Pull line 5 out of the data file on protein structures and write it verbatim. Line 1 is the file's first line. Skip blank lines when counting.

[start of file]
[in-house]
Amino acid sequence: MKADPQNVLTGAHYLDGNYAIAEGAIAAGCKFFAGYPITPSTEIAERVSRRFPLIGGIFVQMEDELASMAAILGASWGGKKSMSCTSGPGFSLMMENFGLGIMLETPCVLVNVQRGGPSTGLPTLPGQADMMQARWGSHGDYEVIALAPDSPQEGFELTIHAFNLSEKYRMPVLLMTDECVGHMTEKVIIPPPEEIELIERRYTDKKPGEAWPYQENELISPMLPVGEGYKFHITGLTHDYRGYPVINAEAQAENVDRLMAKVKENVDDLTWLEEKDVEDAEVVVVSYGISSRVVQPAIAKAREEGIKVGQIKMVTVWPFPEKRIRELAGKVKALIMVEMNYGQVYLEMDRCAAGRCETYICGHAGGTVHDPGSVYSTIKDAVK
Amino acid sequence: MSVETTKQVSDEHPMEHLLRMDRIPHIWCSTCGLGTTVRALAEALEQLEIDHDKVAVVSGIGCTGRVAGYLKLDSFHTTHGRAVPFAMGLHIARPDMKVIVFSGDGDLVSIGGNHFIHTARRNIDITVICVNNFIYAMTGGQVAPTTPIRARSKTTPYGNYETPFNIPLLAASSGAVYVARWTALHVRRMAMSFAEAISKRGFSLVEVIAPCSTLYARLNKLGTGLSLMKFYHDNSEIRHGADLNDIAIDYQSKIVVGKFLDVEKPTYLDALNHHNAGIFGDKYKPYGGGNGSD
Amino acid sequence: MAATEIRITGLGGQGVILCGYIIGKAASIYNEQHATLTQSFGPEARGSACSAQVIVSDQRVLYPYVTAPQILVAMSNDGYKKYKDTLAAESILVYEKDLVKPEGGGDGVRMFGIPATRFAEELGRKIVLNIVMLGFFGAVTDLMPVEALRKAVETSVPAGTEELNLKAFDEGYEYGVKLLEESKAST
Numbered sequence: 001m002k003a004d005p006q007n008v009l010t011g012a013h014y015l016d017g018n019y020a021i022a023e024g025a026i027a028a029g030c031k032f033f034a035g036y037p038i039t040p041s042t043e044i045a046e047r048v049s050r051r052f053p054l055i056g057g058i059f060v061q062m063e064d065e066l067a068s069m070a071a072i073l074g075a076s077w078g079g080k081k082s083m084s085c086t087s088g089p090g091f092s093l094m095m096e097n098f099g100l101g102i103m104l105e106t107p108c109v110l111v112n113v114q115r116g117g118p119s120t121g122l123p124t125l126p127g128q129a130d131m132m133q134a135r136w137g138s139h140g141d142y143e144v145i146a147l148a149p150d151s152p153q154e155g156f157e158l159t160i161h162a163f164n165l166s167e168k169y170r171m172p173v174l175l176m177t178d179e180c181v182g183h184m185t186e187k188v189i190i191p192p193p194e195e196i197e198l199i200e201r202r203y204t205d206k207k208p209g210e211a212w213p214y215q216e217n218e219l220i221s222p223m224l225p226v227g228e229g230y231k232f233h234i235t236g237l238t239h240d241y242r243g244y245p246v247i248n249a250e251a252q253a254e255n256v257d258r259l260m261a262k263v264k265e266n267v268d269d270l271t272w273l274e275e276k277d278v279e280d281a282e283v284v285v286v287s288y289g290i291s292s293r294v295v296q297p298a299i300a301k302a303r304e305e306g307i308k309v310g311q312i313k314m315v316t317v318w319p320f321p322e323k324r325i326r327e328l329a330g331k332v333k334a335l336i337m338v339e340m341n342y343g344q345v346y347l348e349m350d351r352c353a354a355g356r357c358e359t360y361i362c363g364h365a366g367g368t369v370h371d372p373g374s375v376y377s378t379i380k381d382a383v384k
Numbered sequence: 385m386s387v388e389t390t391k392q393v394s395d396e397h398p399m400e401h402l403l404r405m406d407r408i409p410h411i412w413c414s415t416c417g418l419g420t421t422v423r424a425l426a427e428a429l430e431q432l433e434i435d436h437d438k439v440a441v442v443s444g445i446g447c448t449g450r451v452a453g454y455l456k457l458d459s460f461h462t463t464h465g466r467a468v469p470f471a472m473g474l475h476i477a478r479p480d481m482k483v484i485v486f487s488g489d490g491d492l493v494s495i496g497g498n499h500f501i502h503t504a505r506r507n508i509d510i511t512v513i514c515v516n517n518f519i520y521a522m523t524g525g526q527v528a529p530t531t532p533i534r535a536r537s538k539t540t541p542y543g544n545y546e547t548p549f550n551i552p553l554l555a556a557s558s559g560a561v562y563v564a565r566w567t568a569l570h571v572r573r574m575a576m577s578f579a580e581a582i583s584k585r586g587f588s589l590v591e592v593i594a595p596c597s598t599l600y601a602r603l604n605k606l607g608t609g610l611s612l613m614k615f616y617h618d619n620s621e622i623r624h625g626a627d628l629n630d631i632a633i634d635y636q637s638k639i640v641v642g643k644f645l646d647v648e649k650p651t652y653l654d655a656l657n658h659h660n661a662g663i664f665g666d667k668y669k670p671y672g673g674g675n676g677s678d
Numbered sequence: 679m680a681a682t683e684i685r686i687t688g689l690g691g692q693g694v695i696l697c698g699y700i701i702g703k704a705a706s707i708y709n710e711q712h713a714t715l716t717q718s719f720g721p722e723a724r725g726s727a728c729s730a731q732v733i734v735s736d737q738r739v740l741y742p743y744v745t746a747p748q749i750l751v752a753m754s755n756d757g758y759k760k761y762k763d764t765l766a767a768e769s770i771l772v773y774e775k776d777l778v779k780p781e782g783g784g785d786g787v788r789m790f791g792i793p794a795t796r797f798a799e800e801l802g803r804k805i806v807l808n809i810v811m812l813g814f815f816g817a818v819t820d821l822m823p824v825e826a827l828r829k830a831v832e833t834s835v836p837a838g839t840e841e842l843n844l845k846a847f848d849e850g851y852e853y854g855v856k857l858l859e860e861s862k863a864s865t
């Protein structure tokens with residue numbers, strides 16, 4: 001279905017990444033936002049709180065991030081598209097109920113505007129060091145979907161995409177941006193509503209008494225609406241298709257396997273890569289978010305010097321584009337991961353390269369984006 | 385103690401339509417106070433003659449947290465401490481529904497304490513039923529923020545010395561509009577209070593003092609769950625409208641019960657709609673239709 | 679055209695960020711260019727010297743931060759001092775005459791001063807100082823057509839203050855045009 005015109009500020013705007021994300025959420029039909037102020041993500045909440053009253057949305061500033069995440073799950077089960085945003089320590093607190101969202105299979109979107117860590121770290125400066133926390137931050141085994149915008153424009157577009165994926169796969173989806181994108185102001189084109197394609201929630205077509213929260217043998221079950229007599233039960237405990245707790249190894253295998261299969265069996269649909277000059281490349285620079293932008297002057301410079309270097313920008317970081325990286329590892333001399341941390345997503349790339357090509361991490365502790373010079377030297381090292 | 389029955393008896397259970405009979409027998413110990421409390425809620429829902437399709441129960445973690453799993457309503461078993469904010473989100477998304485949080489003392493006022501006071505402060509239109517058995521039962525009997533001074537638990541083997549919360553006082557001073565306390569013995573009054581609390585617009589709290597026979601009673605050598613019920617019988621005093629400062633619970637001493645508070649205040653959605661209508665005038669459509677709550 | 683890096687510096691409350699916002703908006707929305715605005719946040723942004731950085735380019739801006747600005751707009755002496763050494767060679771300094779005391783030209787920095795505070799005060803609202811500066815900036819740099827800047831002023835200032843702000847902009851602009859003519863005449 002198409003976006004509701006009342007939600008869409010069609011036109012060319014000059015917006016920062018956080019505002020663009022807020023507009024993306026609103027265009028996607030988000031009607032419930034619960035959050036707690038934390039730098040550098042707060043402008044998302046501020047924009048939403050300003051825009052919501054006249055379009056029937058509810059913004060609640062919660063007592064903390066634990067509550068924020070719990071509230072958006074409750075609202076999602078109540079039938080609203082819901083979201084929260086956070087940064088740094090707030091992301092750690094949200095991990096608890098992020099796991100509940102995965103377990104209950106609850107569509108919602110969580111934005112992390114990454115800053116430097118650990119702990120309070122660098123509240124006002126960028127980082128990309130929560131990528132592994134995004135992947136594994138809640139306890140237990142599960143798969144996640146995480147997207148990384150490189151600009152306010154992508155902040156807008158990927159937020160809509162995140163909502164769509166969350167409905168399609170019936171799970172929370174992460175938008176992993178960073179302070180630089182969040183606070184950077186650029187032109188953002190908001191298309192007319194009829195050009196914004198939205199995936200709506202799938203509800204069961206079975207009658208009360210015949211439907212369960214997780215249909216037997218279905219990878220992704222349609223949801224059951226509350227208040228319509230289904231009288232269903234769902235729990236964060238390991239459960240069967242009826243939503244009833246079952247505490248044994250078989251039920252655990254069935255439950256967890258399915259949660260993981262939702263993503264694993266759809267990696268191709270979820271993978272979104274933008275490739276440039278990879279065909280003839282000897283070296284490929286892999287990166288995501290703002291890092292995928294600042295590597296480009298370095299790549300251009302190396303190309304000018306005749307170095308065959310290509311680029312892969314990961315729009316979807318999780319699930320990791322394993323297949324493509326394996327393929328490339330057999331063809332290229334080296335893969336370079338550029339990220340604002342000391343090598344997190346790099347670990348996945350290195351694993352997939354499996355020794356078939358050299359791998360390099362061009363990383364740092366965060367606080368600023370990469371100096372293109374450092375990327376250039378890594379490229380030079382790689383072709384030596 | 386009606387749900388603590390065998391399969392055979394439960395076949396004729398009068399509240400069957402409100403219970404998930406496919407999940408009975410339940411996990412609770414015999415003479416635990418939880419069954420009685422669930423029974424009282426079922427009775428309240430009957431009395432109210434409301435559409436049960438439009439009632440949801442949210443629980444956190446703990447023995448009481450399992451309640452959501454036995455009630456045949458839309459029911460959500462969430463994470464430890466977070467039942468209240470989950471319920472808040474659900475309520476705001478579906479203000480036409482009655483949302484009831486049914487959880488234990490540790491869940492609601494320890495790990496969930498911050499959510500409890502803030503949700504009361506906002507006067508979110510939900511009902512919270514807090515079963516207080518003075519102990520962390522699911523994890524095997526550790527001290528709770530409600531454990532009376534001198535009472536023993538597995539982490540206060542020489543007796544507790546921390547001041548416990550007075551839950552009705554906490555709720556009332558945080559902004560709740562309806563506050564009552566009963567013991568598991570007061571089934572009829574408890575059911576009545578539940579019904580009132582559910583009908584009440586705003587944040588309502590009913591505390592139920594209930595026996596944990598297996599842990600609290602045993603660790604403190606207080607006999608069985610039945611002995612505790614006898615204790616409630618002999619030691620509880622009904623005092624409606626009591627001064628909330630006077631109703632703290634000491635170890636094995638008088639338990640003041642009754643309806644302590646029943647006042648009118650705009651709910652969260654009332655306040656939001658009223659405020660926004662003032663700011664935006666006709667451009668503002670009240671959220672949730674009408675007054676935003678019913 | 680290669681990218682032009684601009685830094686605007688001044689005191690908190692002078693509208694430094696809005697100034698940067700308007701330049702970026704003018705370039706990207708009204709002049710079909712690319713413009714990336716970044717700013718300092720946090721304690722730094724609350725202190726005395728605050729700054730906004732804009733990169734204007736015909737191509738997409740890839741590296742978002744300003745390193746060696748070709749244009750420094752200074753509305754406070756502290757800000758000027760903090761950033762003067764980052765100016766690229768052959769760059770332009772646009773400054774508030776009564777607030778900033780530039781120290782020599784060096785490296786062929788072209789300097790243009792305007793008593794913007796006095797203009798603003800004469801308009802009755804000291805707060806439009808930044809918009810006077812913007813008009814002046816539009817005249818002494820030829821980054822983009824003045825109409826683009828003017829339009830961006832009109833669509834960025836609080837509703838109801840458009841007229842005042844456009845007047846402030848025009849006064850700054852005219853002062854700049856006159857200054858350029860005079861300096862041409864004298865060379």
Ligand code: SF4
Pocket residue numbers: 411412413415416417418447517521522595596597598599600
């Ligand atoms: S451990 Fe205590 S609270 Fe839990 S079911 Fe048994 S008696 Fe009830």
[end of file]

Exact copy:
Numbered sequence: 001m002k003a004d005p006q007n008v009l010t011g012a013h014y015l016d017g018n019y020a021i022a023e024g025a026i027a028a029g030c031k032f033f034a035g036y037p038i039t040p041s042t043e044i045a046e047r048v049s050r051r052f053p054l055i056g057g058i059f060v061q062m063e064d065e066l067a068s069m070a071a072i073l074g075a076s077w078g079g080k081k082s083m084s085c086t087s088g089p090g091f092s093l094m095m096e097n098f099g100l101g102i103m104l105e106t107p108c109v110l111v112n113v114q115r116g117g118p119s120t121g122l123p124t125l126p127g128q129a130d131m132m133q134a135r136w137g138s139h140g141d142y143e144v145i146a147l148a149p150d151s152p153q154e155g156f157e158l159t160i161h162a163f164n165l166s167e168k169y170r171m172p173v174l175l176m177t178d179e180c181v182g183h184m185t186e187k188v189i190i191p192p193p194e195e196i197e198l199i200e201r202r203y204t205d206k207k208p209g210e211a212w213p214y215q216e217n218e219l220i221s222p223m224l225p226v227g228e229g230y231k232f233h234i235t236g237l238t239h240d241y242r243g244y245p246v247i248n249a250e251a252q253a254e255n256v257d258r259l260m261a262k263v264k265e266n267v268d269d270l271t272w273l274e275e276k277d278v279e280d281a282e283v284v285v286v287s288y289g290i291s292s293r294v295v296q297p298a299i300a301k302a303r304e305e306g307i308k309v310g311q312i313k314m315v316t317v318w319p320f321p322e323k324r325i326r327e328l329a330g331k332v333k334a335l336i337m338v339e340m341n342y343g344q345v346y347l348e349m350d351r352c353a354a355g356r357c358e359t360y361i362c363g364h365a366g367g368t369v370h371d372p373g374s375v376y377s378t379i380k381d382a383v384k